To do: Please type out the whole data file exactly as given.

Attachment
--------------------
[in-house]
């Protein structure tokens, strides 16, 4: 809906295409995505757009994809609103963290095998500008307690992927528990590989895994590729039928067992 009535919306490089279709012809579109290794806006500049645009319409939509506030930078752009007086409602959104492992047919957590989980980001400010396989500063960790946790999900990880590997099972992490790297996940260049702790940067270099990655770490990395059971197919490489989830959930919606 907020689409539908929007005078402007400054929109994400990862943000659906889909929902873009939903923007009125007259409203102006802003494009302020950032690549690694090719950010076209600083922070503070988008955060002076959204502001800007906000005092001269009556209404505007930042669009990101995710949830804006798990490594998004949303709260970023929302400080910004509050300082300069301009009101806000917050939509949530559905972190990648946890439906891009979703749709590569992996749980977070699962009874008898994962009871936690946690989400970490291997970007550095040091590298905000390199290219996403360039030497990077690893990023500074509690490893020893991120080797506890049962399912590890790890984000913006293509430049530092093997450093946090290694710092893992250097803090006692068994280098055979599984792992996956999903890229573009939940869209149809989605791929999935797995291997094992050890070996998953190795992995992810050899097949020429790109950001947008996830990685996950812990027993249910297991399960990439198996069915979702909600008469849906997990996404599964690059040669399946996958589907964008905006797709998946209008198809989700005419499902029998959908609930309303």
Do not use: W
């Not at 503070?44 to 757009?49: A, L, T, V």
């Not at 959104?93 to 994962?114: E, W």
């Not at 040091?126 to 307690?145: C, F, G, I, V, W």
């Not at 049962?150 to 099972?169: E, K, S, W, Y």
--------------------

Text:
[in-house]
């Protein structure tokens, strides 16, 4: 809906295409995505757009994809609103963290095998500008307690992927528990590989895994590729039928067992 009535919306490089279709012809579109290794806006500049645009319409939509506030930078752009007086409602959104492992047919957590989980980001400010396989500063960790946790999900990880590997099972992490790297996940260049702790940067270099990655770490990395059971197919490489989830959930919606 907020689409539908929007005078402007400054929109994400990862943000659906889909929902873009939903923007009125007259409203102006802003494009302020950032690549690694090719950010076209600083922070503070988008955060002076959204502001800007906000005092001269009556209404505007930042669009990101995710949830804006798990490594998004949303709260970023929302400080910004509050300082300069301009009101806000917050939509949530559905972190990648946890439906891009979703749709590569992996749980977070699962009874008898994962009871936690946690989400970490291997970007550095040091590298905000390199290219996403360039030497990077690893990023500074509690490893020893991120080797506890049962399912590890790890984000913006293509430049530092093997450093946090290694710092893992250097803090006692068994280098055979599984792992996956999903890229573009939940869209149809989605791929999935797995291997094992050890070996998953190795992995992810050899097949020429790109950001947008996830990685996950812990027993249910297991399960990439198996069915979702909600008469849906997990996404599964690059040669399946996958589907964008905006797709998946209008198809989700005419499902029998959908609930309303």
Do not use: W
């Not at 503070?44 to 757009?49: A, L, T, V």
């Not at 959104?93 to 994962?114: E, W």
């Not at 040091?126 to 307690?145: C, F, G, I, V, W």
């Not at 049962?150 to 099972?169: E, K, S, W, Y």